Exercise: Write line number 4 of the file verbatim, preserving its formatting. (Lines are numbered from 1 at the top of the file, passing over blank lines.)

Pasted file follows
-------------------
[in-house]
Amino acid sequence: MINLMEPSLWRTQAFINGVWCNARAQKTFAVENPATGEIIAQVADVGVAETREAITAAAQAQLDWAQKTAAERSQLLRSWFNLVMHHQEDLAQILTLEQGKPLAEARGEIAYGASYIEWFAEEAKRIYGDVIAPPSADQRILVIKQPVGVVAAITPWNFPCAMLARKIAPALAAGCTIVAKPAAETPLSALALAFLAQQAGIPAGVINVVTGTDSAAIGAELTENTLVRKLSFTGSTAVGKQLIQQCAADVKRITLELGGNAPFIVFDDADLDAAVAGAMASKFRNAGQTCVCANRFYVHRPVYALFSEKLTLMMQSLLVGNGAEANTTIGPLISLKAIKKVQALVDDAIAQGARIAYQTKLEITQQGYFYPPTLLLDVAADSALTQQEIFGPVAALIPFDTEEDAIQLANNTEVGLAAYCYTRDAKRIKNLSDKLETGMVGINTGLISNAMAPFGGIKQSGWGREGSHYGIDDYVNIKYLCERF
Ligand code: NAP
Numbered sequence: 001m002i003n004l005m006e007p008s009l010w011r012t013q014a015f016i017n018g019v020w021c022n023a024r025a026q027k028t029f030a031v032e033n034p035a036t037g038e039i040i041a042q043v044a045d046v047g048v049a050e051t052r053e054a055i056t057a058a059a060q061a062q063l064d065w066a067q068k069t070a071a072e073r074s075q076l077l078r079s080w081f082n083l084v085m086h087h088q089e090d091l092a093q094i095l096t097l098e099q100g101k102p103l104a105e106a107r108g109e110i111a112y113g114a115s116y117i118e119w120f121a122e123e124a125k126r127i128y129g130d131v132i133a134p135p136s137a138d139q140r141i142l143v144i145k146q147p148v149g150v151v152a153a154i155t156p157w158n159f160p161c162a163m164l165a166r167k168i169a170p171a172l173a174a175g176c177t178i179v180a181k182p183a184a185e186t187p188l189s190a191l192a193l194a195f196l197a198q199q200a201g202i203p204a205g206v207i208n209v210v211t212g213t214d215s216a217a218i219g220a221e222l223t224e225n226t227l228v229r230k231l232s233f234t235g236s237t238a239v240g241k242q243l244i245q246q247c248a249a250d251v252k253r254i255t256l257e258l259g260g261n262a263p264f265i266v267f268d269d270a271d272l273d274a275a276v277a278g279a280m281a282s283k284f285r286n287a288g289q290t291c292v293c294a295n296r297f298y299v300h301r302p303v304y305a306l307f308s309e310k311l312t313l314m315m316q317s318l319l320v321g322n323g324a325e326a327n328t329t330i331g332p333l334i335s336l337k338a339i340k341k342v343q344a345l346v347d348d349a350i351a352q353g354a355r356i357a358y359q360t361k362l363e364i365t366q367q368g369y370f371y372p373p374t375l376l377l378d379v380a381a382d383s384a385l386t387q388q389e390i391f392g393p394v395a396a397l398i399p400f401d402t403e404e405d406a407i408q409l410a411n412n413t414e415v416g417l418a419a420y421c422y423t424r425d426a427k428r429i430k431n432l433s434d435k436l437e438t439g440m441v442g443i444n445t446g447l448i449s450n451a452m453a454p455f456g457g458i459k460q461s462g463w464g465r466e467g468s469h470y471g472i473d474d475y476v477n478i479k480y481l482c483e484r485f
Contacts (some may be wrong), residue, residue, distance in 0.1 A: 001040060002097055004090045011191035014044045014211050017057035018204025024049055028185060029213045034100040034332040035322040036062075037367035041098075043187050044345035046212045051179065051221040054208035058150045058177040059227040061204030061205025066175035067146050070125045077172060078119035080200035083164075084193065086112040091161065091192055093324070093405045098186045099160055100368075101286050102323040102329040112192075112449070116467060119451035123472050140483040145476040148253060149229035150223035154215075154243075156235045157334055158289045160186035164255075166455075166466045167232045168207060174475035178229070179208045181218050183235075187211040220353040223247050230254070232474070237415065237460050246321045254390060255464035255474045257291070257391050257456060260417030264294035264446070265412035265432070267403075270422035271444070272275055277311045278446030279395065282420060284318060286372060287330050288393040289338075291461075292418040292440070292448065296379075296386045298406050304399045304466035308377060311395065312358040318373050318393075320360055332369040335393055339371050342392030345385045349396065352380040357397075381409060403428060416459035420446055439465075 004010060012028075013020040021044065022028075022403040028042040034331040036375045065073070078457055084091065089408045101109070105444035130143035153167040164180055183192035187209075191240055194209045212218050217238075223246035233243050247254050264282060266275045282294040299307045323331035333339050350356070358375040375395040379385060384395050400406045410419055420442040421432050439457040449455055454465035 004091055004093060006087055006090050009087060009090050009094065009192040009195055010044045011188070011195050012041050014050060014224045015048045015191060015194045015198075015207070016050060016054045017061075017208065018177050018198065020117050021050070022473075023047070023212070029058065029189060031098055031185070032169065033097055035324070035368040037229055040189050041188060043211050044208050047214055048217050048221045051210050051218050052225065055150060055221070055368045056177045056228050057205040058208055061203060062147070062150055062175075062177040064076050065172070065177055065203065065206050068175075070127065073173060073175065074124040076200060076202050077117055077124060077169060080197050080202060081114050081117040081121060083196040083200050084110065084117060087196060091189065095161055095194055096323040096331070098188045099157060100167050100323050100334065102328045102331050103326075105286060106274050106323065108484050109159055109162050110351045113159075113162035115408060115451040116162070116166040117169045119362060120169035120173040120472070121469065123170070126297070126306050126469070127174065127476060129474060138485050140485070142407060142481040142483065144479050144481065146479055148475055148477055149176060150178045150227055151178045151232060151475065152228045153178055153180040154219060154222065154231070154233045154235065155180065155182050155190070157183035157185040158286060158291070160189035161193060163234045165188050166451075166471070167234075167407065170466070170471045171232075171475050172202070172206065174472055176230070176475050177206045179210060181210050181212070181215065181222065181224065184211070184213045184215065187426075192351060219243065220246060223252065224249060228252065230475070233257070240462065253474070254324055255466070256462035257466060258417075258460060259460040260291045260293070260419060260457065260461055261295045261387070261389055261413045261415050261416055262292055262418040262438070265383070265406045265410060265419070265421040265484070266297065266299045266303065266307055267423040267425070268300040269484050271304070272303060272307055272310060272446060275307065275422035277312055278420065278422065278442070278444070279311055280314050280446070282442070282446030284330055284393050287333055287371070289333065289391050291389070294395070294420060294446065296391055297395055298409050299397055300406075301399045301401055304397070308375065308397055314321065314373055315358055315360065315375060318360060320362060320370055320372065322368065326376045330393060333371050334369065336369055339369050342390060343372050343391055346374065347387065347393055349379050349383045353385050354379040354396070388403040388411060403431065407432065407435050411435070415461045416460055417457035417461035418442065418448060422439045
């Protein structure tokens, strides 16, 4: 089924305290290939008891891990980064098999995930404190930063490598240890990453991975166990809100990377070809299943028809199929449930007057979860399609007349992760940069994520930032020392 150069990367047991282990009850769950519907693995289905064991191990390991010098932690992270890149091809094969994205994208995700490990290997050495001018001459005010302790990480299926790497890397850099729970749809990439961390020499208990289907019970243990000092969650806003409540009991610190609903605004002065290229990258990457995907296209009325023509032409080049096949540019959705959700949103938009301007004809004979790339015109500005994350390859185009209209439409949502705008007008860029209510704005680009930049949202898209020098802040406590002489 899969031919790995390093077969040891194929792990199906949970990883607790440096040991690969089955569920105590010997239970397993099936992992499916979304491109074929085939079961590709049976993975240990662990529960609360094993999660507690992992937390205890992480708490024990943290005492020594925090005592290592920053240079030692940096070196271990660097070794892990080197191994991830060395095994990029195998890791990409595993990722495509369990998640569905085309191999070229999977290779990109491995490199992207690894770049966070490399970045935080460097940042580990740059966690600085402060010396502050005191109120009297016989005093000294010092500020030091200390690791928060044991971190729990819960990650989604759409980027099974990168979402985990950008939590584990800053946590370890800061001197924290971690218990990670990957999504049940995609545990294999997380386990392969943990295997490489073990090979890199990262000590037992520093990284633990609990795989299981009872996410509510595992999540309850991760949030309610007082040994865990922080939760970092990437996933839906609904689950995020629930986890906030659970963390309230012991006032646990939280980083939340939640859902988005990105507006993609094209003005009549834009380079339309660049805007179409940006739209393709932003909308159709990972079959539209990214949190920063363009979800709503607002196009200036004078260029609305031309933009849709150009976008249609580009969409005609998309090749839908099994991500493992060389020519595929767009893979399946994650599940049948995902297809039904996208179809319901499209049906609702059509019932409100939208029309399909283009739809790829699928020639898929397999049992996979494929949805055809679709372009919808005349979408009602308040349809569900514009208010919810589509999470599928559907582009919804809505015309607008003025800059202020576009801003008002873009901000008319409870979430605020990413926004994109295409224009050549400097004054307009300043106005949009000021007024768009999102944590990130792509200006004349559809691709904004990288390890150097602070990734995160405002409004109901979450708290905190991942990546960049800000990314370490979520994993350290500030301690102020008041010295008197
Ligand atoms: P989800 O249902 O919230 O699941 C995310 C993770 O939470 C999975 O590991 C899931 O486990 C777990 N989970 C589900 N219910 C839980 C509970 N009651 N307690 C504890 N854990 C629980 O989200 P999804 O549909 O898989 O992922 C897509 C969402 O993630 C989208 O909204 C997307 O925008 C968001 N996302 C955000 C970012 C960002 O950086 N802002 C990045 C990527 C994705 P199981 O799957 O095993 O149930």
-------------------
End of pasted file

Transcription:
Numbered sequence: 001m002i003n004l005m006e007p008s009l010w011r012t013q014a015f016i017n018g019v020w021c022n023a024r025a026q027k028t029f030a031v032e033n034p035a036t037g038e039i040i041a042q043v044a045d046v047g048v049a050e051t052r053e054a055i056t057a058a059a060q061a062q063l064d065w066a067q068k069t070a071a072e073r074s075q076l077l078r079s080w081f082n083l084v085m086h087h088q089e090d091l092a093q094i095l096t097l098e099q100g101k102p103l104a105e106a107r108g109e110i111a112y113g114a115s116y117i118e119w120f121a122e123e124a125k126r127i128y129g130d131v132i133a134p135p136s137a138d139q140r141i142l143v144i145k146q147p148v149g150v151v152a153a154i155t156p157w158n159f160p161c162a163m164l165a166r167k168i169a170p171a172l173a174a175g176c177t178i179v180a181k182p183a184a185e186t187p188l189s190a191l192a193l194a195f196l197a198q199q200a201g202i203p204a205g206v207i208n209v210v211t212g213t214d215s216a217a218i219g220a221e222l223t224e225n226t227l228v229r230k231l232s233f234t235g236s237t238a239v240g241k242q243l244i245q246q247c248a249a250d251v252k253r254i255t256l257e258l259g260g261n262a263p264f265i266v267f268d269d270a271d272l273d274a275a276v277a278g279a280m281a282s283k284f285r286n287a288g289q290t291c292v293c294a295n296r297f298y299v300h301r302p303v304y305a306l307f308s309e310k311l312t313l314m315m316q317s318l319l320v321g322n323g324a325e326a327n328t329t330i331g332p333l334i335s336l337k338a339i340k341k342v343q344a345l346v347d348d349a350i351a352q353g354a355r356i357a358y359q360t361k362l363e364i365t366q367q368g369y370f371y372p373p374t375l376l377l378d379v380a381a382d383s384a385l386t387q388q389e390i391f392g393p394v395a396a397l398i399p400f401d402t403e404e405d406a407i408q409l410a411n412n413t414e415v416g417l418a419a420y421c422y423t424r425d426a427k428r429i430k431n432l433s434d435k436l437e438t439g440m441v442g443i444n445t446g447l448i449s450n451a452m453a454p455f456g457g458i459k460q461s462g463w464g465r466e467g468s469h470y471g472i473d474d475y476v477n478i479k480y481l482c483e484r485f